The coolest thing about Jeep’s World War II-esque 75th Wrangler Salute concept was the fact that, unlike any other concept vehicle I can think of, the Jeep was actually built on the assembly line alongside standard run-of-the-mill Wranglers. Jeep has released a time-lapse video showing the assembly process of the concept, and it’s actually really cool.

Assembly lines are fascinating. Dozens of vehicles slide simultaneously along rails up and down multiple levels as workers use specialized tools to install axles, engines, seats—the whole lot—until the vehicle rolls off the end as a finished product.

The video shows much of the assembly process of a modern Wrangler at the Toledo South Assembly Plant. I say “much of,” because the body and chassis assembly aren’t included in the clip.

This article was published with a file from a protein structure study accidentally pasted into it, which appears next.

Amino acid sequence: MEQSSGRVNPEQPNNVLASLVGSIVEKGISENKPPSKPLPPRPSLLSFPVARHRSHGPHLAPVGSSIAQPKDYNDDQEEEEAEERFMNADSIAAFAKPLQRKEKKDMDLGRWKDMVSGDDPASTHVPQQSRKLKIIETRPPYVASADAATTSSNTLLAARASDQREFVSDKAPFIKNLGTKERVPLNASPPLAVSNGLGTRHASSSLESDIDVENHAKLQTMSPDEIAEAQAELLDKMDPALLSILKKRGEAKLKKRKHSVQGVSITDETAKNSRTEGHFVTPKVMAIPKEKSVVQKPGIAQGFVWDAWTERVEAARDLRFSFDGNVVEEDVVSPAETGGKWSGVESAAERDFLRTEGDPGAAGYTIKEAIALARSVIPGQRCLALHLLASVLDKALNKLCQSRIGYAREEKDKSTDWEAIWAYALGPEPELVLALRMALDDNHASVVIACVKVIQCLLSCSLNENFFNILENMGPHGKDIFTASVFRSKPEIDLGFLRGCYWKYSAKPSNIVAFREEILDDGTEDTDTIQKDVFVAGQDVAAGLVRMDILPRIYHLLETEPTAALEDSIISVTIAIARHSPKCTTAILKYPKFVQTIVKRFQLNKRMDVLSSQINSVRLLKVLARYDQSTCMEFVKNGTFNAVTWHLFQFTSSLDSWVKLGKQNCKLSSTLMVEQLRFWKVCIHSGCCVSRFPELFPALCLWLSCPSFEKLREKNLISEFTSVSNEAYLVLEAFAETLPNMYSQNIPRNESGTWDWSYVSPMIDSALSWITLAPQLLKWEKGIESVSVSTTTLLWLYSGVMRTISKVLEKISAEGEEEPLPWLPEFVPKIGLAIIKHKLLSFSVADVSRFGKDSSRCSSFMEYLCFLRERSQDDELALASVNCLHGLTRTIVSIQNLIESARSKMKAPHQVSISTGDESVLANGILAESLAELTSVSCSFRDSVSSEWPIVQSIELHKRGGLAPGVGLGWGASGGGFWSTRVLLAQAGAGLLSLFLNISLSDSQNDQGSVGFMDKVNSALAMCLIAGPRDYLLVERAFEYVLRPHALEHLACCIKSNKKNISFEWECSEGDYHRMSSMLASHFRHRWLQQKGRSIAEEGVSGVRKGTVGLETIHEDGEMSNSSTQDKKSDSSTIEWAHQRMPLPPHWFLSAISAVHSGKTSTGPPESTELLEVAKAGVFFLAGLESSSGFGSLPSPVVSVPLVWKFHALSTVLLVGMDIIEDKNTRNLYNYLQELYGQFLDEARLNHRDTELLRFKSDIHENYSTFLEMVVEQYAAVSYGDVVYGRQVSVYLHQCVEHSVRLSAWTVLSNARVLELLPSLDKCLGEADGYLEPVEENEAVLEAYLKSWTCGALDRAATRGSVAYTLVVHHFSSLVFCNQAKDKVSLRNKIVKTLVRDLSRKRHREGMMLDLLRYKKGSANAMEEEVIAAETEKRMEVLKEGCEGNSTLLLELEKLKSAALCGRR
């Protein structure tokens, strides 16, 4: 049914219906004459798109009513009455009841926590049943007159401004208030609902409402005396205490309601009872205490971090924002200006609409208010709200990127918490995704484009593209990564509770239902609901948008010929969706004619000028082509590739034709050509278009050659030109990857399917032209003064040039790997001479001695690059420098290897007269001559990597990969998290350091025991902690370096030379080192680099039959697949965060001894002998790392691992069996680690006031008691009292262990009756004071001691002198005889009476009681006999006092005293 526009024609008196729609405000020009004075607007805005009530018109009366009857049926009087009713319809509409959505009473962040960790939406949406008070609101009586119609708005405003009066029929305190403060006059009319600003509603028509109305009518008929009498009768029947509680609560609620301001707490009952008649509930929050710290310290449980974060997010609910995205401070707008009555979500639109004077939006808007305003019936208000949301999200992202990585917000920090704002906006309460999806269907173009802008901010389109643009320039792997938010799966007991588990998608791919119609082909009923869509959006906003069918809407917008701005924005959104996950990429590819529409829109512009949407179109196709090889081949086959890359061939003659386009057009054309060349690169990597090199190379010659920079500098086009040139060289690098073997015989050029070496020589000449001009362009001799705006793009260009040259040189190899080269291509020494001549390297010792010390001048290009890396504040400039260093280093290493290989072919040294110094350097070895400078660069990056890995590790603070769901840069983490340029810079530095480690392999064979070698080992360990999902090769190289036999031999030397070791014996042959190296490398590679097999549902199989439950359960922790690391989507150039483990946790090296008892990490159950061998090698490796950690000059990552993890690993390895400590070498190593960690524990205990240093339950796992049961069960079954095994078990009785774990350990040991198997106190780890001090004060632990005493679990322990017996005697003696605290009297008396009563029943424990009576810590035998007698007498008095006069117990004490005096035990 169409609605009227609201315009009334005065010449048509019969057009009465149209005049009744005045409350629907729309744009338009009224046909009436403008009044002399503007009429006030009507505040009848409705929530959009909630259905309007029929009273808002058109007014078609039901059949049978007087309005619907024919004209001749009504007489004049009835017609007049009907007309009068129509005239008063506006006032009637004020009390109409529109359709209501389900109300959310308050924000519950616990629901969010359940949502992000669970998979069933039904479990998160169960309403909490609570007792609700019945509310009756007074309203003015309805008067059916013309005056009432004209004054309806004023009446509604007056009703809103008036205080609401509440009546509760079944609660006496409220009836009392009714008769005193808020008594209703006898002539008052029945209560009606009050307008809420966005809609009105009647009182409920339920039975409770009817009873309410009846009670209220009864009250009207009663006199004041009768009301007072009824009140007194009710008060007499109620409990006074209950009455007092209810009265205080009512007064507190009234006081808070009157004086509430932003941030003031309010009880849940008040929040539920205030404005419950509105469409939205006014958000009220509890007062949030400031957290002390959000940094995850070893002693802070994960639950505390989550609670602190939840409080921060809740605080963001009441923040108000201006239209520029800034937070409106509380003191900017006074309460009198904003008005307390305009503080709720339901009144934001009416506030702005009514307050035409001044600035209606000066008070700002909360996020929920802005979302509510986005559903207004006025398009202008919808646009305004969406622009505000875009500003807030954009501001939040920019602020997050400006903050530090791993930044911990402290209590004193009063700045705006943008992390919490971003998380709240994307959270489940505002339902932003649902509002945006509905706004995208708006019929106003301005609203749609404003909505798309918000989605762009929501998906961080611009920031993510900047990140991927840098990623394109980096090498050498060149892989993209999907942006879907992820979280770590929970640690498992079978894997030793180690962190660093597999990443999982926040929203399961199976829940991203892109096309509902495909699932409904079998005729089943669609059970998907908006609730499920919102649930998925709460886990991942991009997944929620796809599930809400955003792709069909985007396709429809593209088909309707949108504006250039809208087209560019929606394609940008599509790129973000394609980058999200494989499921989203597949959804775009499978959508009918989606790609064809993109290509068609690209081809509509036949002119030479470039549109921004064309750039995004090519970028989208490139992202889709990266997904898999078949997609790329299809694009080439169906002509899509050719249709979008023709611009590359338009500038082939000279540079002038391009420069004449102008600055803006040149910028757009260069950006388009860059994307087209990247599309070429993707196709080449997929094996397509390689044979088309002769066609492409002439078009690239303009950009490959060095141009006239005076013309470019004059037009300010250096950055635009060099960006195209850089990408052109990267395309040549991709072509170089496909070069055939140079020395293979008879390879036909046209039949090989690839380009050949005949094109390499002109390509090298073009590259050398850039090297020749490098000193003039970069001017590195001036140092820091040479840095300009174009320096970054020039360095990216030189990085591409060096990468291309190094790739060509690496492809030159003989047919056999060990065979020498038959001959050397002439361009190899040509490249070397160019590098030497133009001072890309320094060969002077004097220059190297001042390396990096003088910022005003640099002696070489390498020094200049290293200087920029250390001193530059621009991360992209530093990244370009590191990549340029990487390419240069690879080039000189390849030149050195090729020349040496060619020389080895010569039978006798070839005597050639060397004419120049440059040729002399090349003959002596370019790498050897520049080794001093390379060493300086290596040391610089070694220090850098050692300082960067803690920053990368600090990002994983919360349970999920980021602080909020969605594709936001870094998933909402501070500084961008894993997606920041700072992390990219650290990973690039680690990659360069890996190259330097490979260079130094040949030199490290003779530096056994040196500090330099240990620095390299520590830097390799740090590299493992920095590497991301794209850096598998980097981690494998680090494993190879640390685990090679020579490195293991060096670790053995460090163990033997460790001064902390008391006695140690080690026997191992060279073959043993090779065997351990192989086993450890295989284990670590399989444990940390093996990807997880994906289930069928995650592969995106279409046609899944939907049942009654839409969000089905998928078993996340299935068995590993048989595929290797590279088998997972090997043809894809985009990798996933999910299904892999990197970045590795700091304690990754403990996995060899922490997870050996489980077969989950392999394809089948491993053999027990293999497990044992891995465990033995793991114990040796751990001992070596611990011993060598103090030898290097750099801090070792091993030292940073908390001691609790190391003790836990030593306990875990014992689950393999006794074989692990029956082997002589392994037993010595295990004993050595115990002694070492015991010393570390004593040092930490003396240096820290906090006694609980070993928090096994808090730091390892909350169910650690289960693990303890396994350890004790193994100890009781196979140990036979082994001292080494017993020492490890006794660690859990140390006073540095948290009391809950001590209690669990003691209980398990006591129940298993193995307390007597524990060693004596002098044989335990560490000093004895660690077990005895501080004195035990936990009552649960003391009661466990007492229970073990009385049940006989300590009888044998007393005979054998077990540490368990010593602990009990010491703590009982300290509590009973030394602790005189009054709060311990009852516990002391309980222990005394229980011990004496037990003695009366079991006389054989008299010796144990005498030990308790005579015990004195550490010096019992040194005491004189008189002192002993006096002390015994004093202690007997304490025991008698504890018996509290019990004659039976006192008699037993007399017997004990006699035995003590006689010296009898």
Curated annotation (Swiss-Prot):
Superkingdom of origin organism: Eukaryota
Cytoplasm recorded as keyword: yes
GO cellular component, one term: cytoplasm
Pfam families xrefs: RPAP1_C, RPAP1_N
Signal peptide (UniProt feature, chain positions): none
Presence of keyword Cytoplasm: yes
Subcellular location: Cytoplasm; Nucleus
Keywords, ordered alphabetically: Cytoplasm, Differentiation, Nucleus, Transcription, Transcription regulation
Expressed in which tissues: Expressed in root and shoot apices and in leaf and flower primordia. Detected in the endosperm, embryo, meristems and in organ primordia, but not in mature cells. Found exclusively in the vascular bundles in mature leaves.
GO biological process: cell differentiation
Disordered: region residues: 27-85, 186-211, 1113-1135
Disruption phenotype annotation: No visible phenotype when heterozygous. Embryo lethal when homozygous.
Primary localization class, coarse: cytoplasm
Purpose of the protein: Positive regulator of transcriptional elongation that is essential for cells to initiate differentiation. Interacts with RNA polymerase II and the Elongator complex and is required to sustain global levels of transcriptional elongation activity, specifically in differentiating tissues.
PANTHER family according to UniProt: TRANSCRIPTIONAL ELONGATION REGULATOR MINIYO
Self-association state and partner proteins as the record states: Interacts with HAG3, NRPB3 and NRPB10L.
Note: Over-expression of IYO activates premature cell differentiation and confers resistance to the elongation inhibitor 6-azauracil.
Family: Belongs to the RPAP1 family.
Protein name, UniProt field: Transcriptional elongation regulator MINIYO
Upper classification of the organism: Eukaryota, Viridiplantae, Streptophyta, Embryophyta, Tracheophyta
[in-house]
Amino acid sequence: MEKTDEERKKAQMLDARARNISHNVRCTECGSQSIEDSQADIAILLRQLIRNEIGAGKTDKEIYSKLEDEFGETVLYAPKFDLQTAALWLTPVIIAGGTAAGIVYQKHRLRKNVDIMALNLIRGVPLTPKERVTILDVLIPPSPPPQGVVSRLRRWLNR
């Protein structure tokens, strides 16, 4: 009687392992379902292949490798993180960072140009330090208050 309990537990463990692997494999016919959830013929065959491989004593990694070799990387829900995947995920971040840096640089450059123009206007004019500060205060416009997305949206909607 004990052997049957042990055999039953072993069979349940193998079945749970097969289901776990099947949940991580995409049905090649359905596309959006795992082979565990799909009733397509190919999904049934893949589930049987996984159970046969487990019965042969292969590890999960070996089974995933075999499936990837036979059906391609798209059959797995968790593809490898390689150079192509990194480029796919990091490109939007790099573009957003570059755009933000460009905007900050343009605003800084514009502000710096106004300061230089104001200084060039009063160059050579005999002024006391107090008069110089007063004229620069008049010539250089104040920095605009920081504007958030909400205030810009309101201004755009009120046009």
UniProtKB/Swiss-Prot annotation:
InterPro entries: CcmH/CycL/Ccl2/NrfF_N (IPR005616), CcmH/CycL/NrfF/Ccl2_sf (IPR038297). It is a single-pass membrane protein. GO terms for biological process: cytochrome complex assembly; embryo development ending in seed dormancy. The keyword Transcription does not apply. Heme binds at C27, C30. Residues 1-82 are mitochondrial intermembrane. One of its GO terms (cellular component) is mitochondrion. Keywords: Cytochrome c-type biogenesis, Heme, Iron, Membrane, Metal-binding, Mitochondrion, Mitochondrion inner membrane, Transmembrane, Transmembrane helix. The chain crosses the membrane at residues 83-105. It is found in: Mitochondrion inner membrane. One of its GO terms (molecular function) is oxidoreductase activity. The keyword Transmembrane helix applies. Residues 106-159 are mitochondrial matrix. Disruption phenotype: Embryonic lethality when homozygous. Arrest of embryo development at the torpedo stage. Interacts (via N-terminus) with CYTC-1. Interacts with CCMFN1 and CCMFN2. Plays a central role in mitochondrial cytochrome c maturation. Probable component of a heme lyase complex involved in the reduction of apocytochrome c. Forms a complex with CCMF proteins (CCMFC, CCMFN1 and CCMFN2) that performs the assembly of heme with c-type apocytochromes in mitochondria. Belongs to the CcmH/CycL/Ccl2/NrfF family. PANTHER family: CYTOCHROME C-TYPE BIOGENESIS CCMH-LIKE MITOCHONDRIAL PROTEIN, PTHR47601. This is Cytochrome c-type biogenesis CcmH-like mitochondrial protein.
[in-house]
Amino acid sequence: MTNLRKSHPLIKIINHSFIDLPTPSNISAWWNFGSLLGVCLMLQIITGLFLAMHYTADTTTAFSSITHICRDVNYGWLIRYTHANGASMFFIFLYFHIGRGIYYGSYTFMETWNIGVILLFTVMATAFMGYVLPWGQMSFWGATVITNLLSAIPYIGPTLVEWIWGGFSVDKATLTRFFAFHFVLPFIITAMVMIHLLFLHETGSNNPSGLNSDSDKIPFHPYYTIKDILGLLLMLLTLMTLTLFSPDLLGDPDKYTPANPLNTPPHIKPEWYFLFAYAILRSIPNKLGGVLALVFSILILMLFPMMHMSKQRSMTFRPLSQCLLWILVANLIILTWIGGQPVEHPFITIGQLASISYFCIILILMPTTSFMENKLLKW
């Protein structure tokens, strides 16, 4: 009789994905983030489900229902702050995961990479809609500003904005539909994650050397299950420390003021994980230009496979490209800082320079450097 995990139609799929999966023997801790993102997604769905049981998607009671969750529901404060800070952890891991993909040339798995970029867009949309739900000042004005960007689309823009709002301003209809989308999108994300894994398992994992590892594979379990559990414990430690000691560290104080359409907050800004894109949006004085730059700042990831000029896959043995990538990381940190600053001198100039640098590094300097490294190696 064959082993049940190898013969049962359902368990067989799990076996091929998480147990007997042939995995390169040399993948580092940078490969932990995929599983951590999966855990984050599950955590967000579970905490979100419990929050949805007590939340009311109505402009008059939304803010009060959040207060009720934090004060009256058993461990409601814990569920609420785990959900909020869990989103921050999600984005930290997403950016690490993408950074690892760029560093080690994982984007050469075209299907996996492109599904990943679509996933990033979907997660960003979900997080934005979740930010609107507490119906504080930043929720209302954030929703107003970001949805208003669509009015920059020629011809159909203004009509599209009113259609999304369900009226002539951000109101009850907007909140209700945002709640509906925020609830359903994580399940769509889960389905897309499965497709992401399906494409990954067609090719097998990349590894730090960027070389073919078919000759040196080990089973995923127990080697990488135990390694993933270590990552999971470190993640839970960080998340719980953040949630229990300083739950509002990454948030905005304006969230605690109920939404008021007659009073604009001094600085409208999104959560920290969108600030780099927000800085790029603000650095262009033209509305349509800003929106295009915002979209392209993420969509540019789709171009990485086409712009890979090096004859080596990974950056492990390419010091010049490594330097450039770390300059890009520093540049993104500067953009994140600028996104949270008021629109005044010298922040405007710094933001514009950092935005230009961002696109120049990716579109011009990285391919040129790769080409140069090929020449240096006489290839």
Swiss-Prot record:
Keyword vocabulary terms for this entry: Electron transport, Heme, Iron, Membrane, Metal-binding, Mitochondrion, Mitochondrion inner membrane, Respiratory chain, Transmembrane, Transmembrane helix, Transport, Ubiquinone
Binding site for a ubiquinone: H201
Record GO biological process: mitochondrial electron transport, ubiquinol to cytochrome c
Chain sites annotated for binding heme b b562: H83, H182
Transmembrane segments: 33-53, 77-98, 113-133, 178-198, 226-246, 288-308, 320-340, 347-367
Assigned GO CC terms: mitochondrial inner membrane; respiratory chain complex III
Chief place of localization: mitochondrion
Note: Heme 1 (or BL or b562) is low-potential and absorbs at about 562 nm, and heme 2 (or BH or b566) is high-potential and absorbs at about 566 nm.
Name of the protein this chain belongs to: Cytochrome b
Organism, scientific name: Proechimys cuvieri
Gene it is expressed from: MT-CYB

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Still, there are few things as classic as watching an olive-drab Jeep come together on a Toledo assembly line, just as hundreds of thousands did during World War II.

The coolest part of the assembly process—when the body is “decked” onto the pre-assembled chassis (which includes the engine and axles)—is really hard to see because the video is moving too fast, so here are some screen-grabs of the majestic event, which occurs about 20 seconds in.

First, the chassis moves in. It’s right at the center of this photo (the Toledo area code 419 is on the passenger’s side of the bumper.)

Then the body comes in on a kart on the right side of the shot. Here it is just before it’s lifted up, moved left, and dropped onto the chassis:

And here it is after the machine finally mates the body to the frame:

It’s a beautiful sight, and the line workers seem to agree.